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Director Jeff Burr was gracious enough to give us here at Dread Central a few minutes of his time to discuss the Blu-ray release of his 1990 film Leatherface: The Texas Chainsaw Massacre III. Recently dropped on 2/13, the movie has undergone the white-glove treatment, and he was all-too-happy to bring us back to when the film was being shot…and eventually diced thanks to the MPAA – so settle in, grab a cold slice of bloody meat, read on and enjoy!

DC: First off – congrats on seeing the film get the treatment it deserves on Blu-ray – you excited about it?

JB: Yeah, I’m really happy that it’s coming out on Blu-ray, especially since so many people bitch and moan about the death of physical media, and this thing made the cut, and it’s great for people to be able to see probably the best-looking version of it since we saw it in the lab back in 1989.

DC: Take us back to when you’d first gotten the news that you were tabbed to be the man to direct the third installment in this franchise – what was your first order of business?

JB: It was fairly condensed pre-production for me, and there really wasn’t a whole lot of time to think about the import or the greatness of it – it was basically just roll up your sleeves and go. It was a bit disappointing because a lot of times in pre-production you have the opportunity to dream what could be – casting had already been done, but certain decisions hadn’t been made yet. A very condensed pre-production, but exciting as hell, for sure! (laughs)

DC: R.A. Mihailoff in the role of Leatherface – was it the decision from the get-go to have him play the lead role?

JB: No – I totally had someone else in mind, even though R.A. had done a role in my student film about 7 years earlier, and we’d kept in touch, and I’d felt strongly because I’d gotten to know him a bit that Gunnar Hansen should have come back and played Leatherface, which would have given a bit more legitimacy to this third movie. He and I talked, and he had some issues with the direction that it was going – he really wanted to be involved, and it ended up boiling down to a financial thing, and it wasn’t outrageous at all – it wasn’t like he asked for the moon, but the problem was that New Line refused to pay it, categorically. I think the line producer at the time was more adamant about it than anyone, and Mike DeLuca was one of the executives on the movie, and he was really the guy that was running this, in a creative sense. I made my case for Gunner to both he and the line producer, and they flat out refused to pay him what he was asking, so after that was a done “no deal” I decided that R.A would be the right guy to step into the role. Since New Line was the arbiter of the film, he had to come in and audition for the part, and he impressed everyone and got the part. He did an absolutely fantastic job – such a joy to work with, and he was completely enthusiastic about everything.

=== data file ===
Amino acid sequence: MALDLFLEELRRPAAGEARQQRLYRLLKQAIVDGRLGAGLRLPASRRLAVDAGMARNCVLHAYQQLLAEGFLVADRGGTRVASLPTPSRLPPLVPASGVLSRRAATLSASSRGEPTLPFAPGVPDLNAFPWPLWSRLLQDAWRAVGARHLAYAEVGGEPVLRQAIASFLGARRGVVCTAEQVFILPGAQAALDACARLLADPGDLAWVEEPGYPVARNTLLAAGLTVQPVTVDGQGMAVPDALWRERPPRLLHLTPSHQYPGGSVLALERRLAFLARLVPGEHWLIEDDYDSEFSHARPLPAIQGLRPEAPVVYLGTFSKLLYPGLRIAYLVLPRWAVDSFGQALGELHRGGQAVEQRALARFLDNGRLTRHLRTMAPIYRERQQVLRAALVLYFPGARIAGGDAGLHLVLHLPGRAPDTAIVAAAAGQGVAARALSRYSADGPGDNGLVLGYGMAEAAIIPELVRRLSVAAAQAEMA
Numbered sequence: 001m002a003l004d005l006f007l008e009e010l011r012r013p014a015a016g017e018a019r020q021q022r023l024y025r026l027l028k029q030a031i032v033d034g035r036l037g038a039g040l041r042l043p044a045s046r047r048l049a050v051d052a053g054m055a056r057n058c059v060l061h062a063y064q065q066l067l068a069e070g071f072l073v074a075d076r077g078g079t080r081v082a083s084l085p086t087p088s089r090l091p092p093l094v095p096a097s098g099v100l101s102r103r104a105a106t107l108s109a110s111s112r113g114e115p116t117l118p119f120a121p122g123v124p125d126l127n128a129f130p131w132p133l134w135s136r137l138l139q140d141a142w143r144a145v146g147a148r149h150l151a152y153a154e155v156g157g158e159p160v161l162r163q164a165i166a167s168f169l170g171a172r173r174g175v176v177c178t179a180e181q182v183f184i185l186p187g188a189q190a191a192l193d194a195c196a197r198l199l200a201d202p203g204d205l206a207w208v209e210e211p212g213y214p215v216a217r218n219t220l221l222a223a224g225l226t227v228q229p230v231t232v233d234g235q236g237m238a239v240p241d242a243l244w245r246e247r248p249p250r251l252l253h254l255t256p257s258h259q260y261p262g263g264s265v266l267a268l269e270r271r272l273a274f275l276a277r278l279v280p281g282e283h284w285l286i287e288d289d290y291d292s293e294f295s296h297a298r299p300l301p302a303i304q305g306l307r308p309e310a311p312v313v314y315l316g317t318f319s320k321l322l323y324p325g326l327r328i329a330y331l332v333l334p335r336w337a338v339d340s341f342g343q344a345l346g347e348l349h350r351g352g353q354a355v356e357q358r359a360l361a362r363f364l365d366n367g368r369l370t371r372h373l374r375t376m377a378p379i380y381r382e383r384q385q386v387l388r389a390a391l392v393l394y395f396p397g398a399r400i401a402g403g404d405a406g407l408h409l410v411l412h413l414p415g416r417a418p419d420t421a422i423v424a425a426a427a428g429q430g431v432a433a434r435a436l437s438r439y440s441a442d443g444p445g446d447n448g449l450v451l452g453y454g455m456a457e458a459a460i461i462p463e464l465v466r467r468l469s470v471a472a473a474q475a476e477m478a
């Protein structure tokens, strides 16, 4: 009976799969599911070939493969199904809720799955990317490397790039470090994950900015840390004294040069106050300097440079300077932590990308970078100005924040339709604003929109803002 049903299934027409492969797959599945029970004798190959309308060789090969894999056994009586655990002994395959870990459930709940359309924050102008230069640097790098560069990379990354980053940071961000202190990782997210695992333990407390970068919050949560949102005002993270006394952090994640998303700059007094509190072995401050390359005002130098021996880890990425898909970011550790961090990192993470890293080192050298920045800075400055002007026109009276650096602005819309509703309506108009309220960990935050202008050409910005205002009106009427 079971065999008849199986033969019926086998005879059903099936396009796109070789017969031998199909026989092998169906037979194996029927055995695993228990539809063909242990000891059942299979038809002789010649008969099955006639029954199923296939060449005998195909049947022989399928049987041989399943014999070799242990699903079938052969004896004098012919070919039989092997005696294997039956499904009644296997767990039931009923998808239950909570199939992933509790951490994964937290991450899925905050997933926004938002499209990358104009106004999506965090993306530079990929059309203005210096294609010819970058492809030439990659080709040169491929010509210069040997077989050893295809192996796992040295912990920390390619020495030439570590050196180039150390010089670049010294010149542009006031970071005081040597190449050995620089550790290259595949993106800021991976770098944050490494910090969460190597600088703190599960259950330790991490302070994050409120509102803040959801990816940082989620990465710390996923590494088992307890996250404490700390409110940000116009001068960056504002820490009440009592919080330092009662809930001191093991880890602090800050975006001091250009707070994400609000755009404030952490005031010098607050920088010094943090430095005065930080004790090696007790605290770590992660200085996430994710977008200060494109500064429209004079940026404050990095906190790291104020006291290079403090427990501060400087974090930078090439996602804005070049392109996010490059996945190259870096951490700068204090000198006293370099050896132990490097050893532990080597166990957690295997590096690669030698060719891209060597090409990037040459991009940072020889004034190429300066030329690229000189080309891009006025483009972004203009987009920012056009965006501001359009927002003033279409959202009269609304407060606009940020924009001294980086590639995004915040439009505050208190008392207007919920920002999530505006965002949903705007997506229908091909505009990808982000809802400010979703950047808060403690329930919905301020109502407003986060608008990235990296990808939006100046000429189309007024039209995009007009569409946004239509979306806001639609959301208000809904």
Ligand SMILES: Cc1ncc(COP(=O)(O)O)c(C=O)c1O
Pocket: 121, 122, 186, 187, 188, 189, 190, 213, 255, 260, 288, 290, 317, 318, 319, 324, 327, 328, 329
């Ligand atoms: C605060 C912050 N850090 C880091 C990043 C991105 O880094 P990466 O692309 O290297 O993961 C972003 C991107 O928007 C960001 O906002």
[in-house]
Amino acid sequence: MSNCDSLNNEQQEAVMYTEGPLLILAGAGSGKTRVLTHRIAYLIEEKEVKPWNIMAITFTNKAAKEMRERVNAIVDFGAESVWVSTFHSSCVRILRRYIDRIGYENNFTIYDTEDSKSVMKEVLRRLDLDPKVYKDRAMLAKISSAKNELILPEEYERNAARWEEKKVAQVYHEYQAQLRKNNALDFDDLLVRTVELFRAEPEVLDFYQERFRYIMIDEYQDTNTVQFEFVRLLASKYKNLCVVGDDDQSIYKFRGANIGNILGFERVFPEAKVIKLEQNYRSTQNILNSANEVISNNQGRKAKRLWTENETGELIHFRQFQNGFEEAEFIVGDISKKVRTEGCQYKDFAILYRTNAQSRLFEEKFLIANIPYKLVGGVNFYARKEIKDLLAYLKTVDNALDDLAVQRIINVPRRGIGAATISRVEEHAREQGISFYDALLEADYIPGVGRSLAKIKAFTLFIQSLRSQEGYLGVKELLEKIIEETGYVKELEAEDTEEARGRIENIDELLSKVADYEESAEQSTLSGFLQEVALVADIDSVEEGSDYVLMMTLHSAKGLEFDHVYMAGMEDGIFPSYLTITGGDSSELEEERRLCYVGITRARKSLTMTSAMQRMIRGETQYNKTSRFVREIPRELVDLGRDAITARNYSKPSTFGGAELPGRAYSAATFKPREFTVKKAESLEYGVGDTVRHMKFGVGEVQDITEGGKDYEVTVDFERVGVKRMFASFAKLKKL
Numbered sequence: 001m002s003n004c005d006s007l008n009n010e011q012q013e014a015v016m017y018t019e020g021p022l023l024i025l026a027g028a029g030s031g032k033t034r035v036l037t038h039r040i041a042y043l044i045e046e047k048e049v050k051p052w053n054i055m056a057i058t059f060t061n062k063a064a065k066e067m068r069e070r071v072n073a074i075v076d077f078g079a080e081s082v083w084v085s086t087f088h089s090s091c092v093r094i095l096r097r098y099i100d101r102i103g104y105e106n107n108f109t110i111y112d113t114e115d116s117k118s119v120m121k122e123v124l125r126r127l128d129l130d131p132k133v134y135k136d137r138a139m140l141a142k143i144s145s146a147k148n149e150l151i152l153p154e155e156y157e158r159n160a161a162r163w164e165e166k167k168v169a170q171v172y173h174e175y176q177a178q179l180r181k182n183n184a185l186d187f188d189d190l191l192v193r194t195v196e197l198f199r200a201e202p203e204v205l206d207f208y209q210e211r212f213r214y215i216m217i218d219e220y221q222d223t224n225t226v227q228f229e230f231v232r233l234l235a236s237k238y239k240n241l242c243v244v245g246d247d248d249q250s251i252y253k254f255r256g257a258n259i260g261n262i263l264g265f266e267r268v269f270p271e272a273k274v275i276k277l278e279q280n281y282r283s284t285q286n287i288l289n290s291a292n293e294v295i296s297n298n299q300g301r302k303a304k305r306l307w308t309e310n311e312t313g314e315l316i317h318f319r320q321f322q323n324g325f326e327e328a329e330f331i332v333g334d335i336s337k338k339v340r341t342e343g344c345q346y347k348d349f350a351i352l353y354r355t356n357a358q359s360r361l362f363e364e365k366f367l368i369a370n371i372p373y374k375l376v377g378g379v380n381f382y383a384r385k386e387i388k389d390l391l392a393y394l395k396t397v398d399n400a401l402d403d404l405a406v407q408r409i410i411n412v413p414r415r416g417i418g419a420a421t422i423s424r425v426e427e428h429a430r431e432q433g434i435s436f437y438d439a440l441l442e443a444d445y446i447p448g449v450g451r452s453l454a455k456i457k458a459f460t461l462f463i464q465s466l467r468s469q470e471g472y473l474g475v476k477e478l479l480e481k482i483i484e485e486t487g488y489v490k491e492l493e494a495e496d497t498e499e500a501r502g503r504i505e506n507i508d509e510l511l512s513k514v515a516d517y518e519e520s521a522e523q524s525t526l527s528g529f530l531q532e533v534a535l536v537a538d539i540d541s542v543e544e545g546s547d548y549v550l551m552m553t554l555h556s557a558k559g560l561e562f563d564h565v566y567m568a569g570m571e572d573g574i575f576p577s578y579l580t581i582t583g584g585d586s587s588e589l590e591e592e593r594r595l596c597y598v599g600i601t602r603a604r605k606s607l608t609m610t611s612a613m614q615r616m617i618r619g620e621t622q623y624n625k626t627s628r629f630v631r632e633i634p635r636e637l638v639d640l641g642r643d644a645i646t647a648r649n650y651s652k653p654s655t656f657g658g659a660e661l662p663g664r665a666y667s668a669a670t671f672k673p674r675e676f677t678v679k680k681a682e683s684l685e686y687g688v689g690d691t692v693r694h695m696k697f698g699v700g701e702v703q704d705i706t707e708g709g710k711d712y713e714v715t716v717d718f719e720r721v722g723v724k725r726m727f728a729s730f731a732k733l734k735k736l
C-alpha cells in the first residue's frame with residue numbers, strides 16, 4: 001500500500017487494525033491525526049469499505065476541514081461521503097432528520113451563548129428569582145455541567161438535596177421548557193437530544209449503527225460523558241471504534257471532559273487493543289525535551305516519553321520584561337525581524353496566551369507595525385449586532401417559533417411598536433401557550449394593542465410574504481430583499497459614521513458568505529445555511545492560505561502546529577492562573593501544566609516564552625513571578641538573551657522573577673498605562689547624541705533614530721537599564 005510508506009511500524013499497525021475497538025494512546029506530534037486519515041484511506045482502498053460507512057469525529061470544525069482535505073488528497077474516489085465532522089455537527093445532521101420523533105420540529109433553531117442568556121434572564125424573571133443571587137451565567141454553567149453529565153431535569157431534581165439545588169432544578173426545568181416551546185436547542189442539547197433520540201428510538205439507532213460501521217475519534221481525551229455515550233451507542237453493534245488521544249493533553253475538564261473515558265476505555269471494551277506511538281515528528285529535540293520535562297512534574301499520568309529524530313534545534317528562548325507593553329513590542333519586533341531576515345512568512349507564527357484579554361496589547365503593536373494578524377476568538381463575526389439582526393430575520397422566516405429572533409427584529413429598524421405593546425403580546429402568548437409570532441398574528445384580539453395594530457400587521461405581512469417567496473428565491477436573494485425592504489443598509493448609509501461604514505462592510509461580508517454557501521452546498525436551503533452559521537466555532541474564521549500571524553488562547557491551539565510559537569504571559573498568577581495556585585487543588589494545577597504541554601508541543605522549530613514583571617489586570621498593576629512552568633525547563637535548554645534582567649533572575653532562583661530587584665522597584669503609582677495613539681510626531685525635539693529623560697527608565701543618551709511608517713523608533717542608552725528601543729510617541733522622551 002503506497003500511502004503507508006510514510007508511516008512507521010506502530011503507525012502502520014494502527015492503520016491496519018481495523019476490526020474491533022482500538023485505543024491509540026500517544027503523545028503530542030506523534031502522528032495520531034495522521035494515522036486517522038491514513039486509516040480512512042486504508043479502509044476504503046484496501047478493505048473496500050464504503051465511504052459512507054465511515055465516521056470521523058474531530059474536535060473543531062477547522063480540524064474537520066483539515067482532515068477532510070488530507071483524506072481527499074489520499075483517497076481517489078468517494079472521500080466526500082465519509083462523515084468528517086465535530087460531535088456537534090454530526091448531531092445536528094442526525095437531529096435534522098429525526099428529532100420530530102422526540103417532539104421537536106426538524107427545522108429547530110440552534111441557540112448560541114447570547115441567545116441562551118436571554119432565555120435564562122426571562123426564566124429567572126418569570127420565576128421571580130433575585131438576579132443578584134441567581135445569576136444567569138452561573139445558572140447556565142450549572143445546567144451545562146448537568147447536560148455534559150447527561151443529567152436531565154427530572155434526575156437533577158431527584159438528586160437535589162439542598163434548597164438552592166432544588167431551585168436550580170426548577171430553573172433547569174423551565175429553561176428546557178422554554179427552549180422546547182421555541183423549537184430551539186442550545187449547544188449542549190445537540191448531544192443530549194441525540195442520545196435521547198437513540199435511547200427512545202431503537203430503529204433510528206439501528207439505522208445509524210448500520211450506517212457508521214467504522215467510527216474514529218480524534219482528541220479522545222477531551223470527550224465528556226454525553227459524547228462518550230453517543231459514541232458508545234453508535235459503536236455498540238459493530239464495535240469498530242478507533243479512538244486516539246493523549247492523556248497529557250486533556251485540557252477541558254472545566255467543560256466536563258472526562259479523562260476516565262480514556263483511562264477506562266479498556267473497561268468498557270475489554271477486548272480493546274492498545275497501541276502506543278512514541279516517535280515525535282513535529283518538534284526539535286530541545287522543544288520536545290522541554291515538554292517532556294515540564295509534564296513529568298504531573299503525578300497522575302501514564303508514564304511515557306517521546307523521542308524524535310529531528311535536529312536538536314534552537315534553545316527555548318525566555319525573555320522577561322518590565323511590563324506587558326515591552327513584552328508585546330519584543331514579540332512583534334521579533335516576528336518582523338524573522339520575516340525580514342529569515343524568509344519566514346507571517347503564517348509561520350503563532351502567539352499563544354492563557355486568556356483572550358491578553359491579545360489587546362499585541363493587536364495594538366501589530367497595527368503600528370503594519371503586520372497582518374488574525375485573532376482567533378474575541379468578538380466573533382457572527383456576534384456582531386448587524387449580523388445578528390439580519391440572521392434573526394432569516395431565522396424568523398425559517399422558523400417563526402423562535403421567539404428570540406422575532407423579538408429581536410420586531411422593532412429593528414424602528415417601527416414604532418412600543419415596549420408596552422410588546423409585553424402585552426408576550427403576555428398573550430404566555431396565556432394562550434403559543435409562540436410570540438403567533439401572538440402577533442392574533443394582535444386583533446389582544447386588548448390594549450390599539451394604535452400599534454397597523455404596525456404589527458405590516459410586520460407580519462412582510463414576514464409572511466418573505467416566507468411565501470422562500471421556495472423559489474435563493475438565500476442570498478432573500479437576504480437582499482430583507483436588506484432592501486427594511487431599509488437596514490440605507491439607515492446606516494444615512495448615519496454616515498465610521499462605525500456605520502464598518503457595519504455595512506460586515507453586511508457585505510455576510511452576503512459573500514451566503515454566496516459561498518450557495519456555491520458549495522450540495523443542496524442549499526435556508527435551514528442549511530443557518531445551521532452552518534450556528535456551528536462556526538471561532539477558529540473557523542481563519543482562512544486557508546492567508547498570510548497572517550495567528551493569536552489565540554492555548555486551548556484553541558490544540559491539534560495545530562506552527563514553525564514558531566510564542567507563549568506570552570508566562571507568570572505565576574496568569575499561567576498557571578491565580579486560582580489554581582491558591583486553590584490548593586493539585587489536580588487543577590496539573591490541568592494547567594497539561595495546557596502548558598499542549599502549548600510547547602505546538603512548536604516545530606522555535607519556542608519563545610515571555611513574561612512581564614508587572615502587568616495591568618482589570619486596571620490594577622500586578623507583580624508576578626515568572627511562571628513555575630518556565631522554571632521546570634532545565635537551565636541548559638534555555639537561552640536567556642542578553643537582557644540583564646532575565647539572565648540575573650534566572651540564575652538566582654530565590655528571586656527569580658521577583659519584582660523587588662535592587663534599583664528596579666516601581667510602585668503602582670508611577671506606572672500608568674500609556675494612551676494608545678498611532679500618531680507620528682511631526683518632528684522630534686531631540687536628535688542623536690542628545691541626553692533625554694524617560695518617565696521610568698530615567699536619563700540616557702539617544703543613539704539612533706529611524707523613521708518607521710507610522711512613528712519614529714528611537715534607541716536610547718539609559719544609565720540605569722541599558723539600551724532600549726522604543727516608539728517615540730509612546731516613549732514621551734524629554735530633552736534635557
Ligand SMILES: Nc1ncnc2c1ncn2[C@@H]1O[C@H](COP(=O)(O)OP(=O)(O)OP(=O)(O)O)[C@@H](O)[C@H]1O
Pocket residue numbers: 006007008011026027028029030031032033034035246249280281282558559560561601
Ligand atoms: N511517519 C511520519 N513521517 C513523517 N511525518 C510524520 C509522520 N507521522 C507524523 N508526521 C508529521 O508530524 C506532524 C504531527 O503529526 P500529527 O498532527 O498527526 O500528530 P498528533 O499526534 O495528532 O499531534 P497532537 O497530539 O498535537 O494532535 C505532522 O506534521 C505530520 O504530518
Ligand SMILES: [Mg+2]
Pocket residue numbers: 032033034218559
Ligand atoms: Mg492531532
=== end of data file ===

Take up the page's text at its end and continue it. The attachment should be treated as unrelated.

DC: Let’s talk about Viggo Mortenson, and with this being one of his earliest roles – did you know you had something special with this guy on your set?

JB: Here’s the thing – you knew he was talented, and I’d seen him in the movie Prison way back in the early stages of development and was very impressed with him, and he was one of those guys that I think we were really lucky to get him on board with us. I really believe that The Indian Runner with he and directed by Sean Penn was the movie that truly made people stand up and notice his work. Every person in this cast was one hundred percent into this film and jumped in no questions asked when it was time to roll around in the body pits.